I’ll take it one step further. In general, the thing that a person thinks is “the worst” sin, is the thing that that person struggles with the most. And it comes back, once again, to the pride of Lucifer that we all share. A person who thinks that being a drunk is the worst thing you can do is typically someone who has fought very hard to overcome drunkenness. That person is then putting their pride in their ability to stop drinking, and thinks “I did it, why can’t you?” A person who struggles with lust may think that infidelity is the worst thing you can do. A person who struggles with anger may think that violence is the worst thing to do. The list could go on forever. The point is that James’ advice here is twofold. We are to get rid of our moral filth. That’s the part that our friends I’ve listed above have done. But the second part is that we are then to “humbly” accept the Word of God which can save us. And there is the kicker. Once we realize that any ability that we have to overcome this moral filth does not come from us, but from God’s Word planted in us, then we see things in a new light. When we realize that we, like these poor saps we are so angry with, are completely helpless to do anything about our sinful selves, then we become a lot more eager to forgive them. When we realize that we are no better than they are, then we give them the benefit of the doubt. Jesus puts it in positive terms when He tells us to love our neighbor as our self.
One of the most devastating, and humbling experiences that a person can have is to realize that you are exactly the thing that makes you the most angry. It is so easy for us to look at the Swaggarts and Bakkers of the world and say, “you fought so hard against this thing in public, but look at your private life.” But if we are honest with ourselves, we are absolutely no different. Robert Anton Wilson again stumbled on something close to the truth when he said, “You are precicely as big as what you love and precicly as small as what you allow to annoy you.” The downfall of these men, and the downfall of us all comes when we try to correct our own actions by just trying harder. We think there must be some program, some method, some path that we can, on our own efforts, do to overcome. But the fact is that we are totally and completely ill equiped to do this on our own.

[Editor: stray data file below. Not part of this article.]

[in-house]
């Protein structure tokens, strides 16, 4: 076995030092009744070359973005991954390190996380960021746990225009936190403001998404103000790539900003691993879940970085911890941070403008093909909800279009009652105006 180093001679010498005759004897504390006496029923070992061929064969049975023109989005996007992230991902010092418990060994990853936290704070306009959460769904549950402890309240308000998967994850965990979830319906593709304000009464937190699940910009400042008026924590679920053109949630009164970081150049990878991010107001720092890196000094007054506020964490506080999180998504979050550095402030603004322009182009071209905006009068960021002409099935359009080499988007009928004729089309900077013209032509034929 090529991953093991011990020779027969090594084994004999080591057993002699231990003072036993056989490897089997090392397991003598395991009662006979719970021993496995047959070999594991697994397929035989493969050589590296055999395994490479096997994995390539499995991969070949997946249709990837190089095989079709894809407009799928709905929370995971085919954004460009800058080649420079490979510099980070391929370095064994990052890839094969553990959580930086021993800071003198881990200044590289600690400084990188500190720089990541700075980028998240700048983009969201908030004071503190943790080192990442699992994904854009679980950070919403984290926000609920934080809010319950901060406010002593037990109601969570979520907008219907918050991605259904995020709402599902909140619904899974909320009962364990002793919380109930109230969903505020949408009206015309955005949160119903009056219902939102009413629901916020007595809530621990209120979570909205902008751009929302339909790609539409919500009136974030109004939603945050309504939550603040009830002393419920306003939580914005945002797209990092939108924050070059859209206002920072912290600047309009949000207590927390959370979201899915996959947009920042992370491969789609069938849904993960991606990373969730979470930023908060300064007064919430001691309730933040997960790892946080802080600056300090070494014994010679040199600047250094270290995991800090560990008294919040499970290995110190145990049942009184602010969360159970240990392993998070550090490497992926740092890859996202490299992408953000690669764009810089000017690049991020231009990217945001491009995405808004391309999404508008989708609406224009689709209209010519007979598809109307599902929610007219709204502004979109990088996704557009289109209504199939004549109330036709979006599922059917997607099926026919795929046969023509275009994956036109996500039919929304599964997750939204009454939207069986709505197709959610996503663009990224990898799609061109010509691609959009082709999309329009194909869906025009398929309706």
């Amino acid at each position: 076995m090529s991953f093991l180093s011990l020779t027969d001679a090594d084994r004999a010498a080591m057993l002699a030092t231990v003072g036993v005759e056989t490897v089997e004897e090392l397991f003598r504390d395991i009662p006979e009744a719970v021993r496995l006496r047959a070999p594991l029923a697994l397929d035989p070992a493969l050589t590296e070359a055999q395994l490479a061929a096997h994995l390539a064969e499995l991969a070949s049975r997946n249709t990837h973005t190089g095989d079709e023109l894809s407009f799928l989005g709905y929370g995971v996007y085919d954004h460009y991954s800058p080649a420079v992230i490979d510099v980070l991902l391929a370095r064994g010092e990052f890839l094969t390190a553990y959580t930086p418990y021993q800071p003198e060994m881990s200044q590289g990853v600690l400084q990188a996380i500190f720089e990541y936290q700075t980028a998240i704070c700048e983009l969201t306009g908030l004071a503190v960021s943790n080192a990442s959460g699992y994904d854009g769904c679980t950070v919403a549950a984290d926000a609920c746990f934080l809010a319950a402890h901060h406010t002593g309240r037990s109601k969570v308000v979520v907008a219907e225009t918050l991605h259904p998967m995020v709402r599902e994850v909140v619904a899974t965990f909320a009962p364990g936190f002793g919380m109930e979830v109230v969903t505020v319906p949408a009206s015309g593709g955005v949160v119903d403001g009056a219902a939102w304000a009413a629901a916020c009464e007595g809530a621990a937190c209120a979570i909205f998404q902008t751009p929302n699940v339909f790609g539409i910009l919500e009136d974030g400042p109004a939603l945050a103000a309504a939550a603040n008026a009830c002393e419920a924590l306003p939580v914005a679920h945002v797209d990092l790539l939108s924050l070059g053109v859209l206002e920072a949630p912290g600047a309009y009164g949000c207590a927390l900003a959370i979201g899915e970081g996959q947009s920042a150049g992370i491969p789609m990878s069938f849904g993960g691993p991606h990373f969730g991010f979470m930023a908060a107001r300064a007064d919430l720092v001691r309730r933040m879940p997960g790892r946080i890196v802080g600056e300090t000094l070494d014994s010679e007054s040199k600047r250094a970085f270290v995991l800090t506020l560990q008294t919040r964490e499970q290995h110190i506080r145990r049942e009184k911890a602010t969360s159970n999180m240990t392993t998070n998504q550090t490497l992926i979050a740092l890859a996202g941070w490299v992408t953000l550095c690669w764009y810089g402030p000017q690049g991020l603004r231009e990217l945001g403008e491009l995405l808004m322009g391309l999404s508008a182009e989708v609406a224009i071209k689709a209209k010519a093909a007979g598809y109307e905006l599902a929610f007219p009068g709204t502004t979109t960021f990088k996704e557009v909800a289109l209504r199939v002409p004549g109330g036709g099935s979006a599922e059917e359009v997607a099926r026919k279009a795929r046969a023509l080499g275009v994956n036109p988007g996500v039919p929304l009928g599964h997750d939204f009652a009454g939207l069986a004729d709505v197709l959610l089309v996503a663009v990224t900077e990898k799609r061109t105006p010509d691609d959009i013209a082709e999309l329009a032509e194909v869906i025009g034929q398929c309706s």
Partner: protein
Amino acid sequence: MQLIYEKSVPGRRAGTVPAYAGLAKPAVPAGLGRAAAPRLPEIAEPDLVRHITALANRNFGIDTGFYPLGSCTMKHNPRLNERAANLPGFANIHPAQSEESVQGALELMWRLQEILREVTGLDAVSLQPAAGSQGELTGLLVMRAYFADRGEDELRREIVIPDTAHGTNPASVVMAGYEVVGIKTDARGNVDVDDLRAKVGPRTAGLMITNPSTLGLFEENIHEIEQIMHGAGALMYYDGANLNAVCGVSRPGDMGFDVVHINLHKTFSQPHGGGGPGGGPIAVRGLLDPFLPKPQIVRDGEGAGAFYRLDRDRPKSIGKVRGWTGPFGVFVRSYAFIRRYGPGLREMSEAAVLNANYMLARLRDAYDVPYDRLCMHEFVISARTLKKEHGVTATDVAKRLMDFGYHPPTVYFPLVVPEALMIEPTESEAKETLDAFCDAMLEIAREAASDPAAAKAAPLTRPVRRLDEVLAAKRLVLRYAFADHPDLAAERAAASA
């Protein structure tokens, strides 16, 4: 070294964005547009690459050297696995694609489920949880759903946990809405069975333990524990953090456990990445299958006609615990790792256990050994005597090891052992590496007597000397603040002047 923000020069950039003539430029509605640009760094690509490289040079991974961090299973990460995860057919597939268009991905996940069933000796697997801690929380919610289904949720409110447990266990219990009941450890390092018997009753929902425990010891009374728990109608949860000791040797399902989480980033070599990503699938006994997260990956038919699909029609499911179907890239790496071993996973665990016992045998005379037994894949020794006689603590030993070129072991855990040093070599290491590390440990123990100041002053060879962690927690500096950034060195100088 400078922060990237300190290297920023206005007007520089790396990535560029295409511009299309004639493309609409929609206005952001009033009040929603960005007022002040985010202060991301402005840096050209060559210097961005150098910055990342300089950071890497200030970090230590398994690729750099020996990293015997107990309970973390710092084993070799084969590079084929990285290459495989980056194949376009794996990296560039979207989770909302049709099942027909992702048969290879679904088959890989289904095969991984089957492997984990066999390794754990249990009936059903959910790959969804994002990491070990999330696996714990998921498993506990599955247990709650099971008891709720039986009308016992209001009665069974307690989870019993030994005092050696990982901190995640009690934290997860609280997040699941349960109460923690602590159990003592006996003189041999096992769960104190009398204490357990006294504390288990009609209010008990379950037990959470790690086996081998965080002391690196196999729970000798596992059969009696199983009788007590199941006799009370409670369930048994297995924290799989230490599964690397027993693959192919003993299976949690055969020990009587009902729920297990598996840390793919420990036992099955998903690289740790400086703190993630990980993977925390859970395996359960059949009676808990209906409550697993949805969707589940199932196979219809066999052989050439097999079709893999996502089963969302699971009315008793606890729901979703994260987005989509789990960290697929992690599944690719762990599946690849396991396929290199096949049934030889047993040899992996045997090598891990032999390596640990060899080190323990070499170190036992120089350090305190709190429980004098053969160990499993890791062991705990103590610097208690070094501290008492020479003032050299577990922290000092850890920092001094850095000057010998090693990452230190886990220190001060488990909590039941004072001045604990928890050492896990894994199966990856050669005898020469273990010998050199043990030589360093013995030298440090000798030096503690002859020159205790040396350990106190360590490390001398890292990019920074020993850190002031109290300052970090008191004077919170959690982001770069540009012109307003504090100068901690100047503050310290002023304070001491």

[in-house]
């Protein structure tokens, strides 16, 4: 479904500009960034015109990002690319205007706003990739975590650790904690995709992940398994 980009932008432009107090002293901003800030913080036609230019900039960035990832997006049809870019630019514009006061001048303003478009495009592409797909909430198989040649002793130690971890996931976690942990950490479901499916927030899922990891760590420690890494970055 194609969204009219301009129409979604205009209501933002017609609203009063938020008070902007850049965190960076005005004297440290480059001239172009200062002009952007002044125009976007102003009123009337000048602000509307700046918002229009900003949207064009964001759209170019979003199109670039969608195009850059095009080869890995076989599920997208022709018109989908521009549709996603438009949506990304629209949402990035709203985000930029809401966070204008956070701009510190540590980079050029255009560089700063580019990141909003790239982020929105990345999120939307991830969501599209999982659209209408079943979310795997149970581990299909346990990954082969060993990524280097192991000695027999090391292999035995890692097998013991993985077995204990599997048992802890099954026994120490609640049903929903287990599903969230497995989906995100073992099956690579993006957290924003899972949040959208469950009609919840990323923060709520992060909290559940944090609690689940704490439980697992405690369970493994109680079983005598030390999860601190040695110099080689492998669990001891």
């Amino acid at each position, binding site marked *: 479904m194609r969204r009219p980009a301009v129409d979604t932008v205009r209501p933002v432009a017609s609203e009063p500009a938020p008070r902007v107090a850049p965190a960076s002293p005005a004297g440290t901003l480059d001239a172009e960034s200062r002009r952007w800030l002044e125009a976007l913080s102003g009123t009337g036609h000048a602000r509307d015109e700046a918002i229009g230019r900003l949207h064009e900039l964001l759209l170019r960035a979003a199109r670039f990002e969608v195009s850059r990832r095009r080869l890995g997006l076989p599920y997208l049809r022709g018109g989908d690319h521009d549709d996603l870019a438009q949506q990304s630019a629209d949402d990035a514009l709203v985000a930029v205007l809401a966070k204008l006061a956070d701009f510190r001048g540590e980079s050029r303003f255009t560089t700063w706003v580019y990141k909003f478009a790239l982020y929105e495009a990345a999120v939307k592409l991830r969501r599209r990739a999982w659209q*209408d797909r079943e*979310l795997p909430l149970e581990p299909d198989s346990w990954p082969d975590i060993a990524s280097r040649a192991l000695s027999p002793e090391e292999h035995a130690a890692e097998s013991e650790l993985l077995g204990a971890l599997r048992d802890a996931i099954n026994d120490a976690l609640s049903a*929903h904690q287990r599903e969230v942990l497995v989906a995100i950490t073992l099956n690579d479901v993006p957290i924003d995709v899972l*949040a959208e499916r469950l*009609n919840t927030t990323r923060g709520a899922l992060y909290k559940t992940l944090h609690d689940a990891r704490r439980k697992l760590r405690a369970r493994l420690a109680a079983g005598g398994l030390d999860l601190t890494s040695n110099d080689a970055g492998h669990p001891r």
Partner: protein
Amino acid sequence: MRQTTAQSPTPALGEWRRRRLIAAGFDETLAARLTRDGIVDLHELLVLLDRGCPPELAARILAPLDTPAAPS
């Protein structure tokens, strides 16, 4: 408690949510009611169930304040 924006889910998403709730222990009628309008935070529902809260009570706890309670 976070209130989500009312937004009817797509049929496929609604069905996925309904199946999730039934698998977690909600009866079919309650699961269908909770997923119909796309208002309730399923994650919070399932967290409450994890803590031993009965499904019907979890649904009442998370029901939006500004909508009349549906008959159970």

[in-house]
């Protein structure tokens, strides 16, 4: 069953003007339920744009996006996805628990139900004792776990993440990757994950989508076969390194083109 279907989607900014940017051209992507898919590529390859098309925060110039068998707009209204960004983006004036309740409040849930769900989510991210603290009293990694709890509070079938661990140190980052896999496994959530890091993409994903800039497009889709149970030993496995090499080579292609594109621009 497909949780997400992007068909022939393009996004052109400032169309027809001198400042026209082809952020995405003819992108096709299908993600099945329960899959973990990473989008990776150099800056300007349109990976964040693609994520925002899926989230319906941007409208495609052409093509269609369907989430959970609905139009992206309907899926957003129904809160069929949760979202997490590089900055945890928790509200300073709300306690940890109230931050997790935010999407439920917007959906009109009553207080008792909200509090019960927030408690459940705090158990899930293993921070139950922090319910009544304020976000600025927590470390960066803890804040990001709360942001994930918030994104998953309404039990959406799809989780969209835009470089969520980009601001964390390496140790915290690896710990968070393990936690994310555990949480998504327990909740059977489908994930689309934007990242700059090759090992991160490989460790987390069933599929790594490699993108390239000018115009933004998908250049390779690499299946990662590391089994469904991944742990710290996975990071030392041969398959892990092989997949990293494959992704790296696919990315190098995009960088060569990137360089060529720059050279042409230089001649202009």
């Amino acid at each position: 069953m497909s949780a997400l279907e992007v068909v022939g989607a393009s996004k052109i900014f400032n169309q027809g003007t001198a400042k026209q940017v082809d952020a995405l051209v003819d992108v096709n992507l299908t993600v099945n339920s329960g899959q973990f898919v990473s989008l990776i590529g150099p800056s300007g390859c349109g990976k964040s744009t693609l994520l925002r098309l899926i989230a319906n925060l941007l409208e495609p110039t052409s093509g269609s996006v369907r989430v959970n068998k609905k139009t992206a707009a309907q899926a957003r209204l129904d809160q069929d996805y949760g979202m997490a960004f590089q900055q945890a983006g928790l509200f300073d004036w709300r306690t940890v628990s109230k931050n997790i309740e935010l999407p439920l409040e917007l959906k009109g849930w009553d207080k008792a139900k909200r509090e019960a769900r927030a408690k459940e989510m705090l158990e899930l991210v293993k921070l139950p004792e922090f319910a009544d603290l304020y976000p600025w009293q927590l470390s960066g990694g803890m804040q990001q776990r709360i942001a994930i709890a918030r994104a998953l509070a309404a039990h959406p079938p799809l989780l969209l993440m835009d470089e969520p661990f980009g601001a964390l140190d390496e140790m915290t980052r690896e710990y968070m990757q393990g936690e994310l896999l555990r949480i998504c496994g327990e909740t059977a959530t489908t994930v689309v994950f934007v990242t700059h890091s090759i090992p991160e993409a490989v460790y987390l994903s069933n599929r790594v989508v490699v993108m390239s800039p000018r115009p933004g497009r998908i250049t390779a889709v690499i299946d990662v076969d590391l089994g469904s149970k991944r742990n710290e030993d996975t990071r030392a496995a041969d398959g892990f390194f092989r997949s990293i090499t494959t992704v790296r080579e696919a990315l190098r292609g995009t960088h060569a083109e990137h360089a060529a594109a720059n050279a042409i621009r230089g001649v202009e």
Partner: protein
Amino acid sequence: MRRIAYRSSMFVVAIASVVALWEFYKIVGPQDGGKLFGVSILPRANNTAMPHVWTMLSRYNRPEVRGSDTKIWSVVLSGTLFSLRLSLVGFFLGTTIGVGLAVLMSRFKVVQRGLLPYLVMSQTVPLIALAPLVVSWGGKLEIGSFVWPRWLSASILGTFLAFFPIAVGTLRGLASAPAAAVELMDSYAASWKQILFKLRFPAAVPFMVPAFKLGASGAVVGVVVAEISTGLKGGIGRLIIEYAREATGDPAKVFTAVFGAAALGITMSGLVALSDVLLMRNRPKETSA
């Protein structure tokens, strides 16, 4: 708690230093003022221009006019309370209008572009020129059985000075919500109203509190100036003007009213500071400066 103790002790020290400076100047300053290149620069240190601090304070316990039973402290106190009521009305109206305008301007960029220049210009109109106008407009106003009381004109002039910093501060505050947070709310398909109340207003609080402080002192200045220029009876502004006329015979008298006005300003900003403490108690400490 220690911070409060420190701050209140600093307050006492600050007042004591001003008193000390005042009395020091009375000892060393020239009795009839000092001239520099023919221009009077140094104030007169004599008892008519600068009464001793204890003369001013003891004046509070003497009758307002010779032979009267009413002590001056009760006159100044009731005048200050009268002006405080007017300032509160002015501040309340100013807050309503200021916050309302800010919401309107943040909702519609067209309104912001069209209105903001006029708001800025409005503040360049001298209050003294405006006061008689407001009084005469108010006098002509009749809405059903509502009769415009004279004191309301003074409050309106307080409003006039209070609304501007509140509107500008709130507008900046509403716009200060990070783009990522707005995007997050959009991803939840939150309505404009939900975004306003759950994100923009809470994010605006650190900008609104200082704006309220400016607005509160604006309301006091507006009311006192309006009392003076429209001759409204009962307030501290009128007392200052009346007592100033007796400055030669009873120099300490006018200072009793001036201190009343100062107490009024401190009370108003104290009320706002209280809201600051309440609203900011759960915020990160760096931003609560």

In the end, like every other issue, it comes back to the two things that Jesus Himself told us to do. This “word planted in you” that James refers to is that of Jesus, The Word Himself. We are told to love God with all that we have and all that we are. And we are told to love our neighbor as we love ourselves. This means that we humbly listen to what God tells us. And what God tells us is that we need His help. It also means that we are to love our neighbors by giving them the same forgiveness and the same benefit of the doubt that we give ourselves. Even when we beat up on ourselves, and wallow in our “wrongness,” we are really doing so out of some sense of pride in our ability to admit that we are so wrong.
The beauty and the freedom of the Gospel is that we don’t have to change other people. When Jesus told Peter vaguely how he would die, Peter’s first response was, “What about John.” Jesus, in the Grace and Truth way that only He could pull off said simply, “What is that to you? You must follow me.” Let that play in your mind the next time you are angry. The next time you think, “So-and-so just said blah-blah-blah to me!” Think, “what is that to me? I must follow Jesus.” The next time you wonder, “why did so-and-so get away with doing whatever-it-is?” Remember, “What is that to me? I must follow Jesus.” And the next time you are faced with the choice to do the whatever-it-is that tempts you. Remember, “What is that to me? I must follow Jesus.”
“How sad it is that we give up on people who are just like us.” – Fred Rogers